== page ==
Correct. A great example with this can be seen in wheel drag data. Every brand will come out and say "our wheel is better than our competitors by Y watts". Of course it's Y watts at a certain speed, and under a specific yaw angle (or a specific weighted average of yaw angles). But those yaw test protocols can be different.

Now with wheels, a lot of the white papers at least will have measurements at different yaw angles, so you can compare a little bit more, but even still, there can be differences in relative performance across the wheels that are driven by the test protocol. And when it comes to frames, there's usually no information about the yaws or anything usually.
This board would be a nicer place if everyone would take themselves less seriously.

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wheelsONfire
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by wheelsONfire

I'd like to set up a few aero bikes appropriate for how i like to be positioned and see if i really notice a difference.
Both in speed, freshness and comfort.
I has to be a clear benefit or in all fairness it lean to much to a placebo effect status.
I'd like to see how typical aero bike as Cervelo S5D would look.
Bikes:

Ax Lightness Vial EVO Race (2018.12.21)
viewtopic.php?f=10&t=156137
Paduano Racing Fidia (kind of shelved)
Open *UP* (2016.04.14)


Ex bike; Vial EVO D

ericlambi
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by ericlambi

How much do you suppose you'd be behind if you get the Force build for a little more than $8k then upgrade to the new DA when it comes out and has availability? The DA bike will not be less than $12k if the red is $11k, so you'd have ~$4k to spend before you even sweat it. A quick google search shows 9170 complete groupset is $3300 at Colorado Cyclist, $4100 with a power meter in the crank. Obviously, the new one will be more, but seems like you'll be in the ballpark. Will the wheels you get on the Factor be compatible though? The Force build does come with 30mm wheels in stead of 45mm, which is a slight bummer as well.

Geraint
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by Geraint

It's hard to say given that we don't know what 'standards' the new DA will use. 24mm BB is probably a reasonable bet but will it be microspline (MTB 12sp) hubshells or the current Shimano 11sp road type?

It comes down to how much of a rush you are in and how much you're prepared to gamble. I personally would either buy the frameset or a custom 'rolling chassis', or just wait for new DA to come out and then buy the complete bike with new DA build. My 2p.

azaggie
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by azaggie

ericlambi wrote:
Thu Sep 10, 2020 7:27 pm
How much do you suppose you'd be behind if you get the Force build for a little more than $8k then upgrade to the new DA when it comes out and has availability? The DA bike will not be less than $12k if the red is $11k, so you'd have ~$4k to spend before you even sweat it. A quick google search shows 9170 complete groupset is $3300 at Colorado Cyclist, $4100 with a power meter in the crank. Obviously, the new one will be more, but seems like you'll be in the ballpark. Will the wheels you get on the Factor be compatible though? The Force build does come with 30mm wheels in stead of 45mm, which is a slight bummer as well.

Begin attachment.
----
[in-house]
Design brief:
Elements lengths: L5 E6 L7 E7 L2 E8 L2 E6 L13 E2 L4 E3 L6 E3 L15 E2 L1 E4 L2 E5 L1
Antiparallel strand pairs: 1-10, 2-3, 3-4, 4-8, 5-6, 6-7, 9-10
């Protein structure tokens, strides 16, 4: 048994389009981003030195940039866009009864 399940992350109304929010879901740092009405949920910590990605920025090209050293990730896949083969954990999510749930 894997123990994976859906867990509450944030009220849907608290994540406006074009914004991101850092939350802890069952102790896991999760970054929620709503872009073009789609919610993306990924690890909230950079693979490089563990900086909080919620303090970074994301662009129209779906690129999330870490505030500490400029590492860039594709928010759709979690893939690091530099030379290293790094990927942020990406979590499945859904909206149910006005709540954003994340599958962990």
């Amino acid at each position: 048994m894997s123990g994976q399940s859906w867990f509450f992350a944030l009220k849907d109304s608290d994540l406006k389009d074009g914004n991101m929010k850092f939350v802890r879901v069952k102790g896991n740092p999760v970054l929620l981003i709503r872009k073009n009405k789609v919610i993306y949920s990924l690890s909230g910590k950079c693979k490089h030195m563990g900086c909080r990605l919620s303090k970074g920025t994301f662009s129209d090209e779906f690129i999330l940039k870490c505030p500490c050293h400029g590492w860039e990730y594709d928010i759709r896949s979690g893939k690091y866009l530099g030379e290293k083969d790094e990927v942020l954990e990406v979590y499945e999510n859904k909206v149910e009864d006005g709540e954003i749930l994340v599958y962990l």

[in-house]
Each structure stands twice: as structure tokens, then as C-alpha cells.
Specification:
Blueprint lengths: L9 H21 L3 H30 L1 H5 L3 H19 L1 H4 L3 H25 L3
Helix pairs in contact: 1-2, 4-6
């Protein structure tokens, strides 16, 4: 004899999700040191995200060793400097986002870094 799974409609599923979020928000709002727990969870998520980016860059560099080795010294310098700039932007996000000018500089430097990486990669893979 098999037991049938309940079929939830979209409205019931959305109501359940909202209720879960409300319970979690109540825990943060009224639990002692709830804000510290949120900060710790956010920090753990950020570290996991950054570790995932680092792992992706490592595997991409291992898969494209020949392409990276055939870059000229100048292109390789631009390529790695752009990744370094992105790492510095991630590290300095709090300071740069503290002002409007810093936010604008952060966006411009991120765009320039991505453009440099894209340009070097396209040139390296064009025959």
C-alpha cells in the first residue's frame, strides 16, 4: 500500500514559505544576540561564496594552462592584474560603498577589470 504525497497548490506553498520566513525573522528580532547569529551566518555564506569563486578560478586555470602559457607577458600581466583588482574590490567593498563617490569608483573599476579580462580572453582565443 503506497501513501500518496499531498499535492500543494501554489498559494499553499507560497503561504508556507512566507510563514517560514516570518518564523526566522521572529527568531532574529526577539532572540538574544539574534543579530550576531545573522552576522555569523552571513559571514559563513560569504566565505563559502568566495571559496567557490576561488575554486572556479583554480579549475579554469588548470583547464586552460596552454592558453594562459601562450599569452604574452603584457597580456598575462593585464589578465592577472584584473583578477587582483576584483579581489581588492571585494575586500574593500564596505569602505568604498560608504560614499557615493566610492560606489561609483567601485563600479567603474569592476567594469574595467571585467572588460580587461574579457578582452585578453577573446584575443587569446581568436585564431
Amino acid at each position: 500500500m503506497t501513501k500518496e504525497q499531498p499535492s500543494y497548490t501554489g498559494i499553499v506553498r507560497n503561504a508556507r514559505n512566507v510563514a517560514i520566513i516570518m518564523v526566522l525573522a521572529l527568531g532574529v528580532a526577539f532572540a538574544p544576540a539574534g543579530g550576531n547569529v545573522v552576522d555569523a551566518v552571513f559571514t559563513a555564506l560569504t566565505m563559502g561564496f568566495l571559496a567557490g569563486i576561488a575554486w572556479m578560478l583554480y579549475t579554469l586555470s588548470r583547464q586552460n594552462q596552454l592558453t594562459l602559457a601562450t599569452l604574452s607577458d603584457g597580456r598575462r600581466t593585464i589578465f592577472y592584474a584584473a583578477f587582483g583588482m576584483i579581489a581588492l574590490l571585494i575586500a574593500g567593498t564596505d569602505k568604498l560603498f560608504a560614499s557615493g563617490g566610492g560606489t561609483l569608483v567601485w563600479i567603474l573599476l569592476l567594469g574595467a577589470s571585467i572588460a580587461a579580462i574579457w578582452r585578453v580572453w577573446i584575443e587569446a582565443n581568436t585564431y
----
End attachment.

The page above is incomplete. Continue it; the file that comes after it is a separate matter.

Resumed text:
Looks like you can swap for different wheel sets, no problem. I think you'd be ahead if you sold the Force for maybe $1500. Free OSPW can be sold for a few hundred bucks as well.
Really hope new DA is lighter, not heavier like new Red was.

Scott2017
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by Scott2017

FlatlandClimber wrote:
Wed Sep 09, 2020 8:44 pm
wheelsONfire wrote:
Wed Sep 09, 2020 7:42 pm
FlatlandClimber wrote:
Wed Sep 09, 2020 3:39 pm
What is the Ostro comparable to in another brands portfolio? The One being even more aero and the O2 VAM being super light, is this like the Domane Koppenberg and Roubaix Team Edition?
Back off on the Emonda and go for Ostro?
Nah, although I really like the bare carbon paintjob. I like the more classic look of the Emonda better. Also, Factor have never been to a wind tunnel with the bike, which is kind of questionable. Probably still a very good bike.
Really can't wait for Tour to get their hands on both of these bikes, the wind tunnel debate raises some good points but it will still be good to have one consistent test to compare.

bluebottle81
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by bluebottle81

I've ordered a frameset. Pretty happy with the deal given bars, BB and OSPW included...

Went with Sicilian Peach which I think looks awesome and was a big drawcard for me. Though I will be interested to see if that changes after the ribbing I get from my mates for having a partially pink bike. Should be an interesting experiment for me and can always get paint redone down the line.

Been working through the build components which I'll be buying new - so far reckon I might be able to get weight including pedals, cages, garmin mount down to ~7.2kg (noting total cost needs to be A$10-11k max)

azaggie
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by azaggie

Sounds awesome. Every Factor I've seen had a cool paint job, betting the peach will look rad. And who cares what your buddies think- if you're excited to ride it, that's all that matters. Looking forward to hearing some real world reviews!

by Weenie